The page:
[Date Prev][Date Next][Thread Prev][Thread Next][Date Index][Thread Index][Subject Index][Author Index]
Re: Long-necked stegosaur coming out in Proceedings B
Don Ohmes wrote:
> I share and likely over-match your lack of anatomical
> knowledge, but would be surprised if they could not pivot
> effectively. I somehow doubt that "evasive action" was one
> of their talents, though.
It's not really a 'talent'. Putting as much distance between yourself and a
potential predator is just common sense.
> That said, an incremental difference in individual neck
> length will logically have a negligible effect on predator
> detection, which begs the question; what model of evolution
> can be used to create a long neck using enhanced
> predator-detection as a primary driver?
Homeotic transformations, such as those mediated by mutations in Hox genes,
would allow whole segments (in this case, individual vertebrae) to be added
wholesale to the cervical column. A substantial increase in the total length
of the neck would therefore occur quite rapidly. So I don't necessarily agree
that changes in neck length would "have a negligible effect on predator
detection". (You could also use your line of reasoning to argue that the same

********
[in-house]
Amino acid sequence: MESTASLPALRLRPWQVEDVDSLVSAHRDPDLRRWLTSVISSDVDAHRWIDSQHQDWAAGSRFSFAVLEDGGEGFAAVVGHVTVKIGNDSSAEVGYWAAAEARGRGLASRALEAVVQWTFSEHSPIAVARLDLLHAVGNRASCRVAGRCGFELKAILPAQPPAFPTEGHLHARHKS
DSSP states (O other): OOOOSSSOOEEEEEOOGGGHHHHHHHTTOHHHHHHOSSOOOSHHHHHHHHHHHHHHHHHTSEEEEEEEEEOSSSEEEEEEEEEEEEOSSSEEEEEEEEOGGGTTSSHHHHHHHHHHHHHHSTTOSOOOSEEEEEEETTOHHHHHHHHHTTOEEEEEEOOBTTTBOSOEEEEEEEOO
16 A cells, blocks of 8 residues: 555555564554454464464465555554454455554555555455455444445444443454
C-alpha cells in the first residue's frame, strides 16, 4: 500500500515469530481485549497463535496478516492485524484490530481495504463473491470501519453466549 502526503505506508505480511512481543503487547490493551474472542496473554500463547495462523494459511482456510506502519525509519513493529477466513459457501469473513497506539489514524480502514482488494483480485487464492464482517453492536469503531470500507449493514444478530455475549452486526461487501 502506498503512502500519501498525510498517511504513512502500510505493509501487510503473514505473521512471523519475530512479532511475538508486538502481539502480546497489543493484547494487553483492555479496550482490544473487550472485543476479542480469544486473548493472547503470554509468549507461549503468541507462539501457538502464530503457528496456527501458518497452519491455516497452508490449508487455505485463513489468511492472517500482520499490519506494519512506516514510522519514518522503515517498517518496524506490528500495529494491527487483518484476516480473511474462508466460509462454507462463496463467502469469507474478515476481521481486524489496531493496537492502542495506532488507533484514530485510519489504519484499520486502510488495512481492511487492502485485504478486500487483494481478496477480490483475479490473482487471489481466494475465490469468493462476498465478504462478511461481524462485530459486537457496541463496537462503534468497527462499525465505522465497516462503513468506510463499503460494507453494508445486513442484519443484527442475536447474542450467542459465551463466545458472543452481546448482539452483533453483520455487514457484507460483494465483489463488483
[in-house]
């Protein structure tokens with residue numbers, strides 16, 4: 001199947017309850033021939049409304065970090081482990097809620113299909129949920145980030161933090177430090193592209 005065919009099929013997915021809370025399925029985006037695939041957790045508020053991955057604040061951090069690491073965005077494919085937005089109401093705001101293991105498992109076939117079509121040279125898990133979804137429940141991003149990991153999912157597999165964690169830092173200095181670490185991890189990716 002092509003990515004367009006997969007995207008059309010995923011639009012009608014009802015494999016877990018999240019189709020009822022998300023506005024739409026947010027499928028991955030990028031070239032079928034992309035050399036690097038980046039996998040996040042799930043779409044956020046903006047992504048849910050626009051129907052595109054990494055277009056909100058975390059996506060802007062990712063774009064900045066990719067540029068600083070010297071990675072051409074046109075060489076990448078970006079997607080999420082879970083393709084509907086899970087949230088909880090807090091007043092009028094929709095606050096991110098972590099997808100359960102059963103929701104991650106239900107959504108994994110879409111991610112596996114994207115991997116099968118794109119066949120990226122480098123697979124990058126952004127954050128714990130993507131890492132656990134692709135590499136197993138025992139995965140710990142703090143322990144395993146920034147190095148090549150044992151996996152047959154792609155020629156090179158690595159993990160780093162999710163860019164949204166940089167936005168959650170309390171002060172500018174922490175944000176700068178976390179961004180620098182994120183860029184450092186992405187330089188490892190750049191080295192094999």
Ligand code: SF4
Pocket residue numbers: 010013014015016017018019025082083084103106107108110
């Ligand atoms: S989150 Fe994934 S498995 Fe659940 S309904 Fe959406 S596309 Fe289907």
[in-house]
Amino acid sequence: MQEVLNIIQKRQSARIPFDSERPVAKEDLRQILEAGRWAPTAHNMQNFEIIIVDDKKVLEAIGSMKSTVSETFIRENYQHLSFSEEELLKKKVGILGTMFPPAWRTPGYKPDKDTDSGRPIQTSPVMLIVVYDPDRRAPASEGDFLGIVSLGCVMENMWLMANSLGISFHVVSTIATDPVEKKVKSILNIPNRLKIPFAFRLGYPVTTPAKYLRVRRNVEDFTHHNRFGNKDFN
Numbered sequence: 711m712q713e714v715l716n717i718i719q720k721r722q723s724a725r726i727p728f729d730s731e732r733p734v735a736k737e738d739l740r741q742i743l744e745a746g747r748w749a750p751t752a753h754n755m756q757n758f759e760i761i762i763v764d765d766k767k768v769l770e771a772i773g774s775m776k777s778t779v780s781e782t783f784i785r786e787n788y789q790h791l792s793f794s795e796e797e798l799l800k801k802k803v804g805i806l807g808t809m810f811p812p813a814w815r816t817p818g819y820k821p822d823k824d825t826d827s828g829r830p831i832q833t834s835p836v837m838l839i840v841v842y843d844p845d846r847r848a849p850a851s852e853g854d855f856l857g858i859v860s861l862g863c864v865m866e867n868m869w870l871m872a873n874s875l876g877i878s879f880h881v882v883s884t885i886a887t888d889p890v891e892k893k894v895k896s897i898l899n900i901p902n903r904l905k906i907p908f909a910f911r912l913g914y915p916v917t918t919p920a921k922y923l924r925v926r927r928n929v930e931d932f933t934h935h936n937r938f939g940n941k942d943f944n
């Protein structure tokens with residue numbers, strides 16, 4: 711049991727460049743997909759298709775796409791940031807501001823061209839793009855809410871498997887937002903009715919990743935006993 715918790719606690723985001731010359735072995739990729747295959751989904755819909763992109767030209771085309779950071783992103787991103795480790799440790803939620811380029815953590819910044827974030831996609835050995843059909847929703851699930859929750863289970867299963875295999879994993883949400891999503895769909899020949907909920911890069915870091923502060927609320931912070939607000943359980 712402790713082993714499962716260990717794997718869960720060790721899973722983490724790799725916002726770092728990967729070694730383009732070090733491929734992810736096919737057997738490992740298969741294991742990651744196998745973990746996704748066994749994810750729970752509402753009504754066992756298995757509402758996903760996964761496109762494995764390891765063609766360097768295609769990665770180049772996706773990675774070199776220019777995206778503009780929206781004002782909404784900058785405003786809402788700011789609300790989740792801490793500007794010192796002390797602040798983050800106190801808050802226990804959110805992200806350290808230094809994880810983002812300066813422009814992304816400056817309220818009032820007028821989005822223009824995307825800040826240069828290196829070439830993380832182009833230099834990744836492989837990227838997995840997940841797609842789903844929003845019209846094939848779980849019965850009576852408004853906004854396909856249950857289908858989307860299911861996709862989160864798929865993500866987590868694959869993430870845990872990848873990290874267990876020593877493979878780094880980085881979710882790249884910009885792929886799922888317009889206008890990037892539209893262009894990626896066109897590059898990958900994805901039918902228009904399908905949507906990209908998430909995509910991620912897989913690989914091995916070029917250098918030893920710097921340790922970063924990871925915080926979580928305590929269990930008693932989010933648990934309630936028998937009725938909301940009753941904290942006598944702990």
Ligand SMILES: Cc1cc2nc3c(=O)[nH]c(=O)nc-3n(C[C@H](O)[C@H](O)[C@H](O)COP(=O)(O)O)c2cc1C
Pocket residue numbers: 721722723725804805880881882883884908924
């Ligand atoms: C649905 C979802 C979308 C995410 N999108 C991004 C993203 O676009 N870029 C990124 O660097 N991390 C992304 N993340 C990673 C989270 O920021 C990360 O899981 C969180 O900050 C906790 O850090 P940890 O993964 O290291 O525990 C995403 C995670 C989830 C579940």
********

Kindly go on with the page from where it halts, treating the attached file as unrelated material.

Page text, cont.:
changes would have a negligible effect on foraging ability, because the
proximate advantage in browse height would be fairly minimal per each
incremental increase in neck length.)
Jason (email@example.com) wrote:
> While possible, I'd have to wonder why the rear end of the
> tail would be facing the predator, rather than the side.
> Most animals that use their tails in defense (crocodiles,
> monitor lizards, iguanas, etc) tend to present one side, or
> another to an attacker. This has the benefit of presenting a
> much larger target to the predator (which in this case,
> would be intimidating rather than inviting), and allowing
> for "better aim" of the tail.
Actually, that's kinda what I had in mind: a stegosaur angled such that the
tail is positioned to deliver maximum force against the attacker. By
"tail-first" I didn't literally mean that the stegosaur was positioned directly
in front of the predator, like a two-way conga line. :-)
Abyssal (firstname.lastname@example.org) wrote
> Am I the only one who immediately thought of Bakker's
> "tripodal mid-height feeders" hypothesis from the Heresies
> when Miragaia was announced? It looks like he may have just
> been at least partially vindicated here. Did anyone ever
> investigate the Stegosaurs ability to rear up since Bakker
> proposed that? I remember there being some skepticism
> directed at the idea but never learned what really became of
Mateus &c do not seem to be much in favor of this idea - and they discuss why
in the Supplementary Information (where _The Dinosaur Heresies_ is explicitly
Hope that helps!